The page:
When filmmakers adapt a piece of fiction, they sometimes remain faithful to the plot and characters on the printed page. But more often, the story we see on the screen is quite different from the one told by the original author. In a new course she’ll teach next spring, Vassar Professor of Chinese and Japanese Peipei Qiu will ask her students to explore the ways some of Japan’s most prominent movie directors have handled Japanese fiction dating as far back as the 10th century in films that have been made over the past 100 years. And this summer, under the auspices of Vassar’s Ford Scholars program, Reina Miyake ’18 is helping Qiu prepare the material for the class.
“In this course, my students will be looking at how film directors choose to tell a story, compared to how the original author did,” Qiu explains. “Did they stay true to the text or did they choose to tell the story in a different way? We will also discuss the Japanese narrative tradition in both written and cinematic forms.”
Miyake, an art history major and Japanese correlate from New York City, is using various databases in the library to find movie reviews and scholarly works on Japanese film and literature. She is also using computer software to extract film clips from about a dozen movies that will be viewed by the class. “I’m preparing materials for class discussions on how scholars and reviewers felt about the way directors treated pieces of literature in their movies,” Miyake explains.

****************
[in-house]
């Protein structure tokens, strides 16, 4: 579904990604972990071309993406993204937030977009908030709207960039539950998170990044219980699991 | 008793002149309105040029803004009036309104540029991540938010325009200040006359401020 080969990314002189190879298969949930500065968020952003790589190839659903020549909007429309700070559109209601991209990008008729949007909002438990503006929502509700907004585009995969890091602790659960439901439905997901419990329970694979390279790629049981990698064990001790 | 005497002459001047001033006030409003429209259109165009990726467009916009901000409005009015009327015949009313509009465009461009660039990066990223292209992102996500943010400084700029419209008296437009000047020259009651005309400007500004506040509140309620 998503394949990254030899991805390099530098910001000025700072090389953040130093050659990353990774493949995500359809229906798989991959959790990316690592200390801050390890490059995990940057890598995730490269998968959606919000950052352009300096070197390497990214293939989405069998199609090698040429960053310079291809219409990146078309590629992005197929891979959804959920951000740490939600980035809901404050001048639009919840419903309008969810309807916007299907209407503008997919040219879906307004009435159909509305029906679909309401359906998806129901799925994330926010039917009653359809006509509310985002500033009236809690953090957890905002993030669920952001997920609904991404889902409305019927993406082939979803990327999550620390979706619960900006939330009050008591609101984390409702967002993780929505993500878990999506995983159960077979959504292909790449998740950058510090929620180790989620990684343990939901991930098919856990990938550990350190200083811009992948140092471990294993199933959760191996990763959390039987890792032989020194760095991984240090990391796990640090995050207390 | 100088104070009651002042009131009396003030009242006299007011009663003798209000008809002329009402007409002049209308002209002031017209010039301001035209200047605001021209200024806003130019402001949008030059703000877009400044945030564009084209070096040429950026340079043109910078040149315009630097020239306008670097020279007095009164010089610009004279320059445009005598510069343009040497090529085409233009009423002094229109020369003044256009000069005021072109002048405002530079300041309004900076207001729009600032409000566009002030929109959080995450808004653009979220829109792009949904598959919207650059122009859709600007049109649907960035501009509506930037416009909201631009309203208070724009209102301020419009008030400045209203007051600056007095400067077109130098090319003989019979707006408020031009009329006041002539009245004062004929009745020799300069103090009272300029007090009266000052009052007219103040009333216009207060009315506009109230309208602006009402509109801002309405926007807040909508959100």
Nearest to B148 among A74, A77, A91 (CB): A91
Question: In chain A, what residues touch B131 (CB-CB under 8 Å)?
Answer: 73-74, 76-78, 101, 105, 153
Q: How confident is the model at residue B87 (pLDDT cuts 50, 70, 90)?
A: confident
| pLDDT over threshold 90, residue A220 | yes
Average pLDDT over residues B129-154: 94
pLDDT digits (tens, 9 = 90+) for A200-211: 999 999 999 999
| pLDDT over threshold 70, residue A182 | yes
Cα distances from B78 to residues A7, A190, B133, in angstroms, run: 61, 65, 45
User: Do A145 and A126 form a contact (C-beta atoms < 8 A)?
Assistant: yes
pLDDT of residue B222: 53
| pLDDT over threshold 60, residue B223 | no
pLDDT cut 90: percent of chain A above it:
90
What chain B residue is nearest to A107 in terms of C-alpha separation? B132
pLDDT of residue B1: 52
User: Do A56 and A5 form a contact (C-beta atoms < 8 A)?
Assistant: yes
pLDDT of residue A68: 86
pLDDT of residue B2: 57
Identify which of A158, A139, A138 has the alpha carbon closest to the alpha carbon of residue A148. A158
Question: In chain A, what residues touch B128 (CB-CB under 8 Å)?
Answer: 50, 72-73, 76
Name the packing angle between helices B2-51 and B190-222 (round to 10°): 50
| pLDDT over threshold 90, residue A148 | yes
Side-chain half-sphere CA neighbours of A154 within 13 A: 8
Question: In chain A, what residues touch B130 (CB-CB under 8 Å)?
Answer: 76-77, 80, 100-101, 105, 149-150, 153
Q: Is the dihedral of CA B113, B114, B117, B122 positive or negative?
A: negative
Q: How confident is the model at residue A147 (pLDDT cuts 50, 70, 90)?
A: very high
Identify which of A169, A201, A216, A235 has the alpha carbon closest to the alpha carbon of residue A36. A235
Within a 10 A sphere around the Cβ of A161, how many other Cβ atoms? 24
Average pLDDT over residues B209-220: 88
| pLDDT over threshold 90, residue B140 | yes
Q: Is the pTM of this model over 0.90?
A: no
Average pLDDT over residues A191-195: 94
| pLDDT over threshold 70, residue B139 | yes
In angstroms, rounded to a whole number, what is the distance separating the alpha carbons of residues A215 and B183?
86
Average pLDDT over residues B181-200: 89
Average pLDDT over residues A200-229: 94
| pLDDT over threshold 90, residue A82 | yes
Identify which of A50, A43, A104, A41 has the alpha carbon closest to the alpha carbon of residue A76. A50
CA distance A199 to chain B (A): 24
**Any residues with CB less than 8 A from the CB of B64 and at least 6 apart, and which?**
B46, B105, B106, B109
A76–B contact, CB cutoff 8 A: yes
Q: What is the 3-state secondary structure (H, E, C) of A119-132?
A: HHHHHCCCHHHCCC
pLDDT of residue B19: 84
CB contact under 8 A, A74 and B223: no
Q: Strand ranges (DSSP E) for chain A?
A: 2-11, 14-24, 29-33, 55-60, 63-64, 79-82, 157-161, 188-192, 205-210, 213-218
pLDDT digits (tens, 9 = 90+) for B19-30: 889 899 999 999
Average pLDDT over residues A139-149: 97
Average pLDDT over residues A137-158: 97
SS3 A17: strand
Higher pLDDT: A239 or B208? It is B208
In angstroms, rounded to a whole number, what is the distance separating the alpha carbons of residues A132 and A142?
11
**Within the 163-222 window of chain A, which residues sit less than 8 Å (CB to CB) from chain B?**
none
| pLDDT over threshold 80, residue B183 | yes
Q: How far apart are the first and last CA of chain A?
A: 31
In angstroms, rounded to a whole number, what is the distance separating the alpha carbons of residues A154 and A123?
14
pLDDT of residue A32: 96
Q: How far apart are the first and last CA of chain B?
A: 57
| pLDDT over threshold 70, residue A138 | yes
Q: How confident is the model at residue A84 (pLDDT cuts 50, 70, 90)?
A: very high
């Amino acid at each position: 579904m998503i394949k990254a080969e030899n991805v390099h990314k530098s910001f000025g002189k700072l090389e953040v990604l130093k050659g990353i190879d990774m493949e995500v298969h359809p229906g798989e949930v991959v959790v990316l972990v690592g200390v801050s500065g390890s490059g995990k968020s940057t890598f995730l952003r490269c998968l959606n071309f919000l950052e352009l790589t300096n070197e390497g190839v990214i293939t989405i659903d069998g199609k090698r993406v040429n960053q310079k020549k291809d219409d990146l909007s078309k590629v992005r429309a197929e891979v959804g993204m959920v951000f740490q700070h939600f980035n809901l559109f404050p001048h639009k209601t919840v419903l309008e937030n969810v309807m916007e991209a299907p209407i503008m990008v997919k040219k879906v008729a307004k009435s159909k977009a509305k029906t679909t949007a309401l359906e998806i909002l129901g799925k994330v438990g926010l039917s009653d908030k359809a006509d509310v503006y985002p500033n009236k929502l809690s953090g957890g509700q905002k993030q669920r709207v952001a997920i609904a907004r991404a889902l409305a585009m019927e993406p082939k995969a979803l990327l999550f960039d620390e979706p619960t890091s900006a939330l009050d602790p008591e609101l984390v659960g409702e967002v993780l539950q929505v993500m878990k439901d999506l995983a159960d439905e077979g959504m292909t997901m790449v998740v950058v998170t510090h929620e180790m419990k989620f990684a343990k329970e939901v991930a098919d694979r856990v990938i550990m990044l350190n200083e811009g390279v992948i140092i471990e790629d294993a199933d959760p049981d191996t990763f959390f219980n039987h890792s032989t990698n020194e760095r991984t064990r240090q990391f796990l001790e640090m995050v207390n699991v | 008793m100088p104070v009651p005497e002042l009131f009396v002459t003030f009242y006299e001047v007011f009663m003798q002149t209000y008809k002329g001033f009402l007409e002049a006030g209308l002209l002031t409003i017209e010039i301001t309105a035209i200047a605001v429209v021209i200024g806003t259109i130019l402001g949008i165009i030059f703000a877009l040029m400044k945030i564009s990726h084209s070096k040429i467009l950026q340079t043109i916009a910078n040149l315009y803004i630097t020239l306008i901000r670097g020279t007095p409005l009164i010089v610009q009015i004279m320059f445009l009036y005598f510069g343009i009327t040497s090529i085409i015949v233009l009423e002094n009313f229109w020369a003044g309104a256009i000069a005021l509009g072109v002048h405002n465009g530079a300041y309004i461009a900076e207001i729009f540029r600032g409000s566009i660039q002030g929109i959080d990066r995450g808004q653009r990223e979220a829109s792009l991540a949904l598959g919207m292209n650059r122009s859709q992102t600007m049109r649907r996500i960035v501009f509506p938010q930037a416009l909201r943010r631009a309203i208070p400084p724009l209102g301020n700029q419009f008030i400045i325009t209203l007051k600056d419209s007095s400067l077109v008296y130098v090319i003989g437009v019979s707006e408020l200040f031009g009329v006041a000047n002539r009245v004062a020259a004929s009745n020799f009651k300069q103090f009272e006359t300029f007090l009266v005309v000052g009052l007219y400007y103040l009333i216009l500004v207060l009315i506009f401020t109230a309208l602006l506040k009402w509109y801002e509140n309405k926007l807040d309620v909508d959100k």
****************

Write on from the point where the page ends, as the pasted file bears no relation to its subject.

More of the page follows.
Qiu says two of Japan’s most renowned directors, Akira Kurosawa and Hayao Miyazaki, will be among the dozen filmmakers the students will be analyzing in the class. Kurosawa gained worldwide acclaim for several films, including Seven Samurai (1954) and Ran (1985). Miyazaki is an author and illustrator of popular manga stories as well as an anime film director. Miyake says she’s a big fan of his movies. “I admired him when I was growing up because many of his films are based on tales that glorified strong young women who were tested in some way,” she says. “Miyazaki resonated with me as a child; I felt a kinship with his characters.”
In addition to gathering material for the class, Miyake will create a PowerPoint presentation on Miyazaki’s reverence for nature in his movies, Qiu says. “Adding this assignment, having Reina create a critical discussion of environmentalism in Miyazaki’s films, helped her gain an ownership of the project,” the professor says.
Miyake says her work as a Ford Scholar has enabled her to learn research techniques that will help her in her studies here and perhaps in her post-Vassar life. “I’ve learned how to use a lot of the resources in the library, and understanding what Vassar has and how to find it will be helpful in future classes,” she says.
Working closely with Qiu all summer has also spurred her to consider scholarly research as a possible profession, Miyake says. “This is my first research internship, and I discovered I like to do this sort of thing,” she says. “I was nervous starting out, but Peipei gave me specific guidelines and deadlines for the work that really helped me.”
Qiu says she enjoyed watching her student learn to appreciate the rewards of undertaking and completing an in-depth research project. “I am very glad to see that Reina has developed a deep interest and great confidence in scholarly research through working on this Ford Scholars project,” she says. “This is a more important goal to accomplish than helping me prepare for this course.”